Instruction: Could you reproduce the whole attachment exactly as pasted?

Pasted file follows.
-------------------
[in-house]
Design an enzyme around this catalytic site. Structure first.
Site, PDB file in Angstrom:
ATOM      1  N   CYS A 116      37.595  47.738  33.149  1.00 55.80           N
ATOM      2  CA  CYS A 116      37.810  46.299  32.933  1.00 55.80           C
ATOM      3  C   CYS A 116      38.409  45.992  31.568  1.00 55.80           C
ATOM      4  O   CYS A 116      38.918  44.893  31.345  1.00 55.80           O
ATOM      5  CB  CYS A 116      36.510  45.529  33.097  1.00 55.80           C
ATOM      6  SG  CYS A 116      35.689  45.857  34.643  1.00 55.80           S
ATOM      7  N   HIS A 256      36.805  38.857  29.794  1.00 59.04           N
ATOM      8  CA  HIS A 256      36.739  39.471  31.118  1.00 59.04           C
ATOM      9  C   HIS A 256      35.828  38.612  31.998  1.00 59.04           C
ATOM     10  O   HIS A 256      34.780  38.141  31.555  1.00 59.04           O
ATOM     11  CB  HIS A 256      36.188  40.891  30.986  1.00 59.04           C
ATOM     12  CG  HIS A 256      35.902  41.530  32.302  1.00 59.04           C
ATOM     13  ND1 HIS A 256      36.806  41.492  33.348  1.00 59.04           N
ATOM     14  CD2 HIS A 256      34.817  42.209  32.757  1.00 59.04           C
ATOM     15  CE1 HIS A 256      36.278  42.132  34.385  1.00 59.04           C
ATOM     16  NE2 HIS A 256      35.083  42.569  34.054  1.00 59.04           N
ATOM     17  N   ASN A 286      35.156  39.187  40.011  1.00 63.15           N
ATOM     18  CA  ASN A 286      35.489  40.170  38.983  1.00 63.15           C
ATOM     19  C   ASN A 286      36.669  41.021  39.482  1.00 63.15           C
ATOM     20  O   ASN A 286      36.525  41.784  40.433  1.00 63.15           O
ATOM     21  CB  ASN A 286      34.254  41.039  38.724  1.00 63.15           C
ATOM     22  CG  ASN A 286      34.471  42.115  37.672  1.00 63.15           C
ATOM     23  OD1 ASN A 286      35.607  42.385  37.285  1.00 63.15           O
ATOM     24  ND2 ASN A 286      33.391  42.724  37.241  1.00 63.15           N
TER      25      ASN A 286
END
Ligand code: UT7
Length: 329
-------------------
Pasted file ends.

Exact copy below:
[in-house]
Design an enzyme around this catalytic site. Structure first.
Site, PDB file in Angstrom:
ATOM      1  N   CYS A 116      37.595  47.738  33.149  1.00 55.80           N
ATOM      2  CA  CYS A 116      37.810  46.299  32.933  1.00 55.80           C
ATOM      3  C   CYS A 116      38.409  45.992  31.568  1.00 55.80           C
ATOM      4  O   CYS A 116      38.918  44.893  31.345  1.00 55.80           O
ATOM      5  CB  CYS A 116      36.510  45.529  33.097  1.00 55.80           C
ATOM      6  SG  CYS A 116      35.689  45.857  34.643  1.00 55.80           S
ATOM      7  N   HIS A 256      36.805  38.857  29.794  1.00 59.04           N
ATOM      8  CA  HIS A 256      36.739  39.471  31.118  1.00 59.04           C
ATOM      9  C   HIS A 256      35.828  38.612  31.998  1.00 59.04           C
ATOM     10  O   HIS A 256      34.780  38.141  31.555  1.00 59.04           O
ATOM     11  CB  HIS A 256      36.188  40.891  30.986  1.00 59.04           C
ATOM     12  CG  HIS A 256      35.902  41.530  32.302  1.00 59.04           C
ATOM     13  ND1 HIS A 256      36.806  41.492  33.348  1.00 59.04           N
ATOM     14  CD2 HIS A 256      34.817  42.209  32.757  1.00 59.04           C
ATOM     15  CE1 HIS A 256      36.278  42.132  34.385  1.00 59.04           C
ATOM     16  NE2 HIS A 256      35.083  42.569  34.054  1.00 59.04           N
ATOM     17  N   ASN A 286      35.156  39.187  40.011  1.00 63.15           N
ATOM     18  CA  ASN A 286      35.489  40.170  38.983  1.00 63.15           C
ATOM     19  C   ASN A 286      36.669  41.021  39.482  1.00 63.15           C
ATOM     20  O   ASN A 286      36.525  41.784  40.433  1.00 63.15           O
ATOM     21  CB  ASN A 286      34.254  41.039  38.724  1.00 63.15           C
ATOM     22  CG  ASN A 286      34.471  42.115  37.672  1.00 63.15           C
ATOM     23  OD1 ASN A 286      35.607  42.385  37.285  1.00 63.15           O
ATOM     24  ND2 ASN A 286      33.391  42.724  37.241  1.00 63.15           N
TER      25      ASN A 286
END
Ligand code: UT7
Length: 329